SHANGHAI -- BYD Co. did fabulously well in 2009. The Chinese automaker more than doubled the sales it made the year before. Net income was up 2.7 times over the same period. And its F3 compact was the top selling car in China.
Riding high on this remarkable achievement, the company recently raised its aim and now wants to "become the world's largest automaker before 2025." Navigate to BYD's Web site and you won't miss this mission statement.
As a Chinese, I would love to see an indigenous brand at the top of the world's car industry. Nonetheless, I suspect that BYD has underestimated the challenges ahead of it.
True, many things are now working in BYD's favor. Like other private automotive companies, its labor costs are low and its products have strong price competitiveness. Supported by its proprietary battery technology, the company is well ahead of domestic competitors in electric vehicle development. But BYD faces some daunting hurdles; even if its only goal is to become a truly competitive player on the domestic market, let alone globally.
First, its brand is weak even inside China. Its strategy now seems to be to crank out lookalikes of Toyota models such as the Corolla, and then sell them at less than half the price of the real thing.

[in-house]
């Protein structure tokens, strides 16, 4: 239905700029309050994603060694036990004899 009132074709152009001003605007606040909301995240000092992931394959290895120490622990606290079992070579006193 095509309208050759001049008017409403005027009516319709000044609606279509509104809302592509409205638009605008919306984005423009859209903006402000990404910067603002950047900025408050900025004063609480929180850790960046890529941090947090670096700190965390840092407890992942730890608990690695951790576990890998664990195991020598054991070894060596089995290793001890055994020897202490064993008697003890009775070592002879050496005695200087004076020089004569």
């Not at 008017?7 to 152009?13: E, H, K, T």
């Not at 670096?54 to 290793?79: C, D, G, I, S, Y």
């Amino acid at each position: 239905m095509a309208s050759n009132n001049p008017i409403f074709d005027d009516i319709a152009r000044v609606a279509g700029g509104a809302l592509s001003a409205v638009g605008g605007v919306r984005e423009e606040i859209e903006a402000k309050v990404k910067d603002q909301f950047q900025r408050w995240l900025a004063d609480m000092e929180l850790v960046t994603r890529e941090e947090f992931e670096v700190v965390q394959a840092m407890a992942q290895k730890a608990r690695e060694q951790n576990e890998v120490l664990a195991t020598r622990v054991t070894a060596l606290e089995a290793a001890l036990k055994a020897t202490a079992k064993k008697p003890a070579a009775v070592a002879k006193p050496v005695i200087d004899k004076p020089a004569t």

That is no way to enter the premier league. To gain a strong foothold on the domestic market, BYD must move upscale. Only then can it crack open the markets of major Chinese cities like Beijing and Shanghai, where it is still comparatively weak. If it wants to do that, the first thing it must do is stop copying the styling of global brands.
Secound, BYD must achieve volume. With production now at 450,000 cars a year, its output is tiny compared to the big international players. And to get there, it will have to deal with a whole host of new challenges.
For one, BYD believes its ability to keep costs down stems from sourcing the majority of components from subsidiaries. But the history of global brands such as General Motors and Ford Motor Co. has shown that doing everything in house only makes sense when a company is small. Once it reaches a certain size, an automaker has to source parts from outside suppliers.
Finally, if BYD wants to become one of the world's leading automakers, it must build a global presence. This is an area where the company still has almost no experience. Last year BYD exported barely 10,000 vehicles, and none of them to mature markets.
BYD has proved itself a fast starter by becoming a leading brand at home only seven years after entering the market. But it still has much to learn.
The massive recalls Toyota is now bogged down in show that excessive ambition and reckless expansion will do more harm than good, even to an experienced automaker.